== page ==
The polypeptide p17_2 was constituted by four β-strands, three β-hairpins, one short α-helix, and one loop structure (FIG. 15). The structure of the FcIII-Ala moiety contained in p17_2 exhibited high structural homology (r.m.s.d.=0.639 angstroms) to the conformation (PDB code, 1DN2) of the templated Fc III peptide in terms of both principal and side chains (FIG. 16), and its Fc region-binding site also recognized a position equivalent thereto (FIG. 17). This indicates that the high functionalization of a peptide according to the present invention can enhance the properties of the original functions without impairing these properties. The chignolin-derived region introduced in the library formed β-hairpin as with chignolin and was responsible for positioning regions elongated as random amino acid sequences to the neighborhood of FcIII-Ala. This indicates that use of the microprotein forming β-hairpin is responsible for effectively locating two segments close to each other. Two regions elongated as random amino acid sequences formed totally different conformations. The C-terminal region formed short α-helix such that a side chain protruded from the helix surface was contacted with the amino acid residue of FcIII-Ala to support a conformation advantageous for binding (FIG. 18). The previous studies have suggested that the orientation of a Trp residue is important for the binding of the templated Fc III peptide to the Fc region (References 46 and 47). The corresponding aromatic ring residue Trp33 in FcIII-Ala was directly supported by the side chain of Met51 present in the α-helix (FIG. 18). In contrast to the C-terminal region, the N terminus formed a loop structure such that this structure was contacted with the introduced chignolin moiety, which corresponded to the scaffold of FcIII-Ala, to support this scaffold (FIG. 18). These results demonstrated that the segments introduced as random amino acid sequences form a conformation suitable for each situation as a result of function selection to achieve the high functionalization of the polypeptide.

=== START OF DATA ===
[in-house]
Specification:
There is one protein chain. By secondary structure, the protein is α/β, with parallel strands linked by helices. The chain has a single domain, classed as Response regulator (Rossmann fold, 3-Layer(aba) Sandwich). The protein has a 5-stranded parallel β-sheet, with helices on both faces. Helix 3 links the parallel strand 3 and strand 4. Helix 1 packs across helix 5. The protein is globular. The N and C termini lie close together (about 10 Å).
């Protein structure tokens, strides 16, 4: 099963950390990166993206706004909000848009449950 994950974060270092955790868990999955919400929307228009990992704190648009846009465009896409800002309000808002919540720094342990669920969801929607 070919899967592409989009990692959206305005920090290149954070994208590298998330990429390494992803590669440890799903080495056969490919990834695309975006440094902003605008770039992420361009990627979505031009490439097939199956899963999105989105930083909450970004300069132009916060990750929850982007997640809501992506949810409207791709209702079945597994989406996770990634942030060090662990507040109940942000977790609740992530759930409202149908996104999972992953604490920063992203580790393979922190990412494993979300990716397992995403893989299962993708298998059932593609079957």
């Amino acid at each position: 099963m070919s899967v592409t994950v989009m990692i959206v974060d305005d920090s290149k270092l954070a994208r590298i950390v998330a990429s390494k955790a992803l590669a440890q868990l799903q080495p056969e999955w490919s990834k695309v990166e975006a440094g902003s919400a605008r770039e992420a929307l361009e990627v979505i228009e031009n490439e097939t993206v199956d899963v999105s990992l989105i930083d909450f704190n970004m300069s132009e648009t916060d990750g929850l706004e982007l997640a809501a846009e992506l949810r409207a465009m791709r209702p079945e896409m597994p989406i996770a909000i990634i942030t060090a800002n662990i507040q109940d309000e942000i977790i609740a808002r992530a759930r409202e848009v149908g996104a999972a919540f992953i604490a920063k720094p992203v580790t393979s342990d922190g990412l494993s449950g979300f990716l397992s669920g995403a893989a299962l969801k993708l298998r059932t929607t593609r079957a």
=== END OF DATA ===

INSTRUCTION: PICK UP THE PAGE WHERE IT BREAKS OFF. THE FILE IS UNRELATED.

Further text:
Example 9

This Example shows an example in which variants were prepared by the replacement of an amino acid residue in the C-terminal segment of the p17_2 polypeptide (SEQ ID NO: 47) with alanine and assayed for their binding affinity to evaluate the influence of the amino acid residue on the binding affinity, while the obtained results were checked against the conformational information obtained in Example 8 to analyze in detail the roles of these amino acid residues.